Monday, 28 July 2008
Best RTR Diesel?
Over the last few years there has been an increasing amount debate about Ready-To-Run (RTR) locomotives and stock. Steam RTR has improved out of all recognition in recent years. Diesels have improved much more subtly.
There are, I think, three contenders for the best four mil' RTR diesel. My criteria for this is simple - the basic outline of the model does not require altering in order to provide a good likeness of the prototype - even the new Bachmann Class 37 needs some work in order to achieve this.
The first contender has to be the Heljan Hymek - it lacks some of the fine separately applied details which later models have but the overall appearance is absolutely spot on. Although the model still needs its headcodes and couplings fitting (both of which I've always fitted both at the very end of the process) it still looks completely 'right'. The designers were very much on to a winner with this one - something is just so right about the shape of the body. The only real issue is that the buffer beam valances are moulded in plain black plastic and require painting in order to get a result which looks right.
For me one of the most convincing RTR diesels of recent years has been the class 66 from Bachmann - it captures the look of the common 'Shed' perfectly - I do think it can be hard to capture something with which people ares o familiar. In the same way the 16T mineral wagon captures the fifties and sixties railway scene, the class 66 is a key component of the post privatisation railway. Bachmann have done themselves proud with this and they created a perfect workman-like model which captures the shape of the class 66 perfectly.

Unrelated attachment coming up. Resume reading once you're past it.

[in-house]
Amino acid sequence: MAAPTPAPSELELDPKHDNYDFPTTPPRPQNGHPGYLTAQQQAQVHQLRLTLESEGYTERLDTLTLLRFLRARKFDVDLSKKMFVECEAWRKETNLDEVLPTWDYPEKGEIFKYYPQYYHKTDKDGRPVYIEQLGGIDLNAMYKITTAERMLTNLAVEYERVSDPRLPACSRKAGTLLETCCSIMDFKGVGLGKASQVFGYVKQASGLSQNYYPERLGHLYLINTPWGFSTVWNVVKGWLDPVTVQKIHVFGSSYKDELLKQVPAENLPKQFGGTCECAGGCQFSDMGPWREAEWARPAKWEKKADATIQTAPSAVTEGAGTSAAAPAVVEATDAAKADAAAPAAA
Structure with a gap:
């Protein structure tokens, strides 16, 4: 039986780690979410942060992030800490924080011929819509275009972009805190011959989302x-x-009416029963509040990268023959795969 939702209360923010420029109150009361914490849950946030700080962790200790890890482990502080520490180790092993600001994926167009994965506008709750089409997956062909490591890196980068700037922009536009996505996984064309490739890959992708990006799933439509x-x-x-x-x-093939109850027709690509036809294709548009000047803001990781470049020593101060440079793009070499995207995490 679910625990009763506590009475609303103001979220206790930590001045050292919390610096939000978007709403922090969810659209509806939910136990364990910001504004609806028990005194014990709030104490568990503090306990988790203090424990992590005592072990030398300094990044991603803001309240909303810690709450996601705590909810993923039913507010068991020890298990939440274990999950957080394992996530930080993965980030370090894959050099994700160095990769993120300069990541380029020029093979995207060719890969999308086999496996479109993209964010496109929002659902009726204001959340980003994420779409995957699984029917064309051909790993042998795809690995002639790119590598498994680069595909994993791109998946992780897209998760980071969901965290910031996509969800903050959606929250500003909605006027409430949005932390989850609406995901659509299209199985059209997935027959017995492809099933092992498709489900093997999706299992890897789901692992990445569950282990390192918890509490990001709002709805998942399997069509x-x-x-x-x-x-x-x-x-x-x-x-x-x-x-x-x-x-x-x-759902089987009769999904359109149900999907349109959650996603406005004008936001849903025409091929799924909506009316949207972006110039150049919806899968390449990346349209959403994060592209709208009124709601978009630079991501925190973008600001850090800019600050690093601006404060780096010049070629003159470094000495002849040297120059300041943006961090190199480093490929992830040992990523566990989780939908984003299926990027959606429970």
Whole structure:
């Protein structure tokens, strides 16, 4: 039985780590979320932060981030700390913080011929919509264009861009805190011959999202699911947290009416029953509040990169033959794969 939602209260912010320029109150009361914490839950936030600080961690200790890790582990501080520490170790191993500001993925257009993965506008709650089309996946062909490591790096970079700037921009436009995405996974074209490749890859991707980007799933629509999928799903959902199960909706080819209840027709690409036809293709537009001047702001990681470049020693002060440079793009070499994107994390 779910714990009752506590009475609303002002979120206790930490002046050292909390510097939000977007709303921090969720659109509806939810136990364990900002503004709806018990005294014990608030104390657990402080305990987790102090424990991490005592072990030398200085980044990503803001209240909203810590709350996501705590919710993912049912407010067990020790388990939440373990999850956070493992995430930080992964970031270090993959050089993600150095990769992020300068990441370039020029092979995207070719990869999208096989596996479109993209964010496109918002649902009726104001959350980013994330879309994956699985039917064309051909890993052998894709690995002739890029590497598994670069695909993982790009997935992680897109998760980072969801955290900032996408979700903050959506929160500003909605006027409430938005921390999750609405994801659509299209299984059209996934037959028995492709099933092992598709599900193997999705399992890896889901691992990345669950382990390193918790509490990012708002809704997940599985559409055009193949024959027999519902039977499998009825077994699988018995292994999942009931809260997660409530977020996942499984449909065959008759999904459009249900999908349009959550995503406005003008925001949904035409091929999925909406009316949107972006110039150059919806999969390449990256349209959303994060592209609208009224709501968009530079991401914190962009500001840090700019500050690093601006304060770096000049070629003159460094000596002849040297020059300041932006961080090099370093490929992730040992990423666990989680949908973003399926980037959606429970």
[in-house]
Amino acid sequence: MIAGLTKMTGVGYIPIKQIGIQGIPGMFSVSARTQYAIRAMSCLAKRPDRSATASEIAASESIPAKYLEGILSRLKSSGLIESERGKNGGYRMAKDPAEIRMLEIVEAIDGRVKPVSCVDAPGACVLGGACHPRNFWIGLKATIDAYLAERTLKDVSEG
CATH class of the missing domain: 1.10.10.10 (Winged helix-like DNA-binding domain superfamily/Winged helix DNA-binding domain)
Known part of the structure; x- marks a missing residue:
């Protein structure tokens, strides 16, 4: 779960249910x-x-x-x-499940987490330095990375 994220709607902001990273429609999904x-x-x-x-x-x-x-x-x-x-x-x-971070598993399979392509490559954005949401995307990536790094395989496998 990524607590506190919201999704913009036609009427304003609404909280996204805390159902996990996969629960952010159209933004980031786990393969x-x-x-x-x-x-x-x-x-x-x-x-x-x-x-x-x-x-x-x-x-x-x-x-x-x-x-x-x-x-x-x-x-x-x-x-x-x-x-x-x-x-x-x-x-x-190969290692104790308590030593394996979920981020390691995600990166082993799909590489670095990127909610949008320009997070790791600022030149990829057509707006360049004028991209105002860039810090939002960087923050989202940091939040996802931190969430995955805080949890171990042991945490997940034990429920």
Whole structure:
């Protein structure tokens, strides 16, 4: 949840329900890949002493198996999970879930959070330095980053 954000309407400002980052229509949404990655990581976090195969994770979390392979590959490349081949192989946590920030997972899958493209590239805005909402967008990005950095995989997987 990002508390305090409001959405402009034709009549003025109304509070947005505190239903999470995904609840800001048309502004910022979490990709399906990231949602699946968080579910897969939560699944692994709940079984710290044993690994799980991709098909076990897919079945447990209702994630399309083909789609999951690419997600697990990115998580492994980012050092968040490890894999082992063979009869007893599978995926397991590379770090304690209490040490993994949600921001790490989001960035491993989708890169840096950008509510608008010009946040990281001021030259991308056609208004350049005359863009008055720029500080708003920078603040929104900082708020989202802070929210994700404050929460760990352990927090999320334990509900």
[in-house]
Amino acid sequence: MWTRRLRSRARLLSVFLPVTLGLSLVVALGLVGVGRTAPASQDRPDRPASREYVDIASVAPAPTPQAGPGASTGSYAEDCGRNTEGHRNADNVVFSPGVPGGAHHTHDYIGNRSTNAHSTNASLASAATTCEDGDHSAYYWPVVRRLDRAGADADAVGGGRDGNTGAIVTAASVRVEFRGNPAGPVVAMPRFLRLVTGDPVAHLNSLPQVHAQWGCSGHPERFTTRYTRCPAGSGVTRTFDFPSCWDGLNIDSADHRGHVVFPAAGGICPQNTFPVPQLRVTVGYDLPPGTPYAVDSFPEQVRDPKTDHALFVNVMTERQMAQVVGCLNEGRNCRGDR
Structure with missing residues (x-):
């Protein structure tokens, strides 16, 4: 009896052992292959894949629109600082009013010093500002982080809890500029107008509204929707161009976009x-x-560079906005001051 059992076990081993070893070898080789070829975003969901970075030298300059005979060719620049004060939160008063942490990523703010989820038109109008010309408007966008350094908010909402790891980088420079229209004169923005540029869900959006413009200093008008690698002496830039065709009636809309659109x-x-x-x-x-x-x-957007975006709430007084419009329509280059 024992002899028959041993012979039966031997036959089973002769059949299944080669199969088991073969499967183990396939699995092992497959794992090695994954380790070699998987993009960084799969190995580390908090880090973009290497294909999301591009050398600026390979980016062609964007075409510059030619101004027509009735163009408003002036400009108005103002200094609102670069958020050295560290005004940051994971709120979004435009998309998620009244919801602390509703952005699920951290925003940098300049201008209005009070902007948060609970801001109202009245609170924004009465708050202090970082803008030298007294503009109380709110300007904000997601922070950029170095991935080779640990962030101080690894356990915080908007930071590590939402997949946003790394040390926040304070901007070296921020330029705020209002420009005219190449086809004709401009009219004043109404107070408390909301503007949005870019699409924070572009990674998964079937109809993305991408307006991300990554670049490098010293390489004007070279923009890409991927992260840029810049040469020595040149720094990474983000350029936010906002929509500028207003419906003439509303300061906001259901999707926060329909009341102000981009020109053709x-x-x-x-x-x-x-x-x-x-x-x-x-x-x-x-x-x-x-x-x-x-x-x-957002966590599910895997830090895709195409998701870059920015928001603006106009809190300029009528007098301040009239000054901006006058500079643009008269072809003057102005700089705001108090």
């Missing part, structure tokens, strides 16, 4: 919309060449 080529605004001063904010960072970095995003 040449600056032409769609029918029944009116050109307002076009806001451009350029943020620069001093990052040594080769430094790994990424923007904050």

Another key piece of motive power has to be the class 60; Lima did an excellent job in the nineties with their version of this type - however it was held back ultimately due to its old-style mechanism and lacking some of the finer details which we now like to have, but it did capture the look of a sixty very well indeed. However, when the new class 60 from Hornby arrived it immediately knocked the Lima model into touch. It looked right, had a whole host of separately applied details, opening doors, etched grilles, interior details behind the grilles, fully detailed cab interiors in fact everything one could hope for.
The Heljan Hymek doesn't have opening doors, etched grilles, interior details behind the grilles nor fully detailed cab interiors. But I still think it's one of the best. When it goes past on a layout hauling a train, you can't open the doors anyway! I would always take a model which had the right shape and look to it over something with lots of 'extras' that doesn't look right. Hornby sixty's manages to fulfil both of these areas magnificently, but somehow, their Class 31 just doesn't do it for me. The Hymek doesn't have any gimmicks, but captures the look of the uniquely shaped prototype to perfection. This must, surely, but worth more than any number of opening cab doors? I'll leave it for the reader to decide...